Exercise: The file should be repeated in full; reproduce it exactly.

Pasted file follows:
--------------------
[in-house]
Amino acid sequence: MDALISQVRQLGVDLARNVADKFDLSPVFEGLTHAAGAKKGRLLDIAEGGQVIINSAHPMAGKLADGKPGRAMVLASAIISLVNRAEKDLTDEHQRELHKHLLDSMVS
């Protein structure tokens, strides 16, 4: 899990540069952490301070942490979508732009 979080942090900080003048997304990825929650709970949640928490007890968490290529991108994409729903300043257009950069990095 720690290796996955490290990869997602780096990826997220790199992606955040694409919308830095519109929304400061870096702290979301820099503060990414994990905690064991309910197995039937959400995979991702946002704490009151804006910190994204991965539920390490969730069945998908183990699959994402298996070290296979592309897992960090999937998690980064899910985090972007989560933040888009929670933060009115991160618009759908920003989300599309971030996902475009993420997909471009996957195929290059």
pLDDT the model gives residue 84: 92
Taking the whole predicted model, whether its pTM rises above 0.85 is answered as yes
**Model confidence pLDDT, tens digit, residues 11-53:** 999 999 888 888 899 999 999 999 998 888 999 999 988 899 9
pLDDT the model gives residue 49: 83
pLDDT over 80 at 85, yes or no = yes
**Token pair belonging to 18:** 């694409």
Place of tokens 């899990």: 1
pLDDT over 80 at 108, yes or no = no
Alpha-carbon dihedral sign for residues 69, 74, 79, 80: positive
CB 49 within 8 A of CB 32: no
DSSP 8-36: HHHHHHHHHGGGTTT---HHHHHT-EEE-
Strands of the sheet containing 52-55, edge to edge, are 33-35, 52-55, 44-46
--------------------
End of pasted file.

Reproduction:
[in-house]
Amino acid sequence: MDALISQVRQLGVDLARNVADKFDLSPVFEGLTHAAGAKKGRLLDIAEGGQVIINSAHPMAGKLADGKPGRAMVLASAIISLVNRAEKDLTDEHQRELHKHLLDSMVS
């Protein structure tokens, strides 16, 4: 899990540069952490301070942490979508732009 979080942090900080003048997304990825929650709970949640928490007890968490290529991108994409729903300043257009950069990095 720690290796996955490290990869997602780096990826997220790199992606955040694409919308830095519109929304400061870096702290979301820099503060990414994990905690064991309910197995039937959400995979991702946002704490009151804006910190994204991965539920390490969730069945998908183990699959994402298996070290296979592309897992960090999937998690980064899910985090972007989560933040888009929670933060009115991160618009759908920003989300599309971030996902475009993420997909471009996957195929290059």
pLDDT the model gives residue 84: 92
Taking the whole predicted model, whether its pTM rises above 0.85 is answered as yes
**Model confidence pLDDT, tens digit, residues 11-53:** 999 999 888 888 899 999 999 999 998 888 999 999 988 899 9
pLDDT the model gives residue 49: 83
pLDDT over 80 at 85, yes or no = yes
**Token pair belonging to 18:** 């694409």
Place of tokens 């899990």: 1
pLDDT over 80 at 108, yes or no = no
Alpha-carbon dihedral sign for residues 69, 74, 79, 80: positive
CB 49 within 8 A of CB 32: no
DSSP 8-36: HHHHHHHHHGGGTTT---HHHHHT-EEE-
Strands of the sheet containing 52-55, edge to edge, are 33-35, 52-55, 44-46